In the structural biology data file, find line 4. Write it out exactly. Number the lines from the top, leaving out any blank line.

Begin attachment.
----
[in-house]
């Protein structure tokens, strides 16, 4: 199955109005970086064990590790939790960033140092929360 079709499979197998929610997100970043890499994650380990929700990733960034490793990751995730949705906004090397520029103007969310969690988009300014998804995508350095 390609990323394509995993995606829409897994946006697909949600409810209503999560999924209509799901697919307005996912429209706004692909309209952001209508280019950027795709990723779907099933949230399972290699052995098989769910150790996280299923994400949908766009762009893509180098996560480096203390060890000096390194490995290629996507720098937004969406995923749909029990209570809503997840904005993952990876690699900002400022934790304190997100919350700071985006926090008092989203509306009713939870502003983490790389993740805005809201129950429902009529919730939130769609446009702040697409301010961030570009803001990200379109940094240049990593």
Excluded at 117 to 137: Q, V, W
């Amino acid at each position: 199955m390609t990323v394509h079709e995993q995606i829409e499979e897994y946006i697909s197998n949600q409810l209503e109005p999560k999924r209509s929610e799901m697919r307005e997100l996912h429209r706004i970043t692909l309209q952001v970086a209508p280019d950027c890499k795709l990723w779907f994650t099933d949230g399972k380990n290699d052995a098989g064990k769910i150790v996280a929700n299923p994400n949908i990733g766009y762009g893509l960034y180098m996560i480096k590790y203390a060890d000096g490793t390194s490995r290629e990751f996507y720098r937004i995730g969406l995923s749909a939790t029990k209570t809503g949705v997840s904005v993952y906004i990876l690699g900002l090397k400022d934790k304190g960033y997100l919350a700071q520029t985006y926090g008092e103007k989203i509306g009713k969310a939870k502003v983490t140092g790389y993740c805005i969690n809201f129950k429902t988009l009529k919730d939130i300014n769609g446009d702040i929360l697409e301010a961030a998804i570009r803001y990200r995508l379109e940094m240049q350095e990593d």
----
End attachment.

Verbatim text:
């Amino acid at each position: 199955m390609t990323v394509h079709e995993q995606i829409e499979e897994y946006i697909s197998n949600q409810l209503e109005p999560k999924r209509s929610e799901m697919r307005e997100l996912h429209r706004i970043t692909l309209q952001v970086a209508p280019d950027c890499k795709l990723w779907f994650t099933d949230g399972k380990n290699d052995a098989g064990k769910i150790v996280a929700n299923p994400n949908i990733g766009y762009g893509l960034y180098m996560i480096k590790y203390a060890d000096g490793t390194s490995r290629e990751f996507y720098r937004i995730g969406l995923s749909a939790t029990k209570t809503g949705v997840s904005v993952y906004i990876l690699g900002l090397k400022d934790k304190g960033y997100l919350a700071q520029t985006y926090g008092e103007k989203i509306g009713k969310a939870k502003v983490t140092g790389y993740c805005i969690n809201f129950k429902t988009l009529k919730d939130i300014n769609g446009d702040i929360l697409e301010a961030a998804i570009r803001y990200r995508l379109e940094m240049q350095e990593d």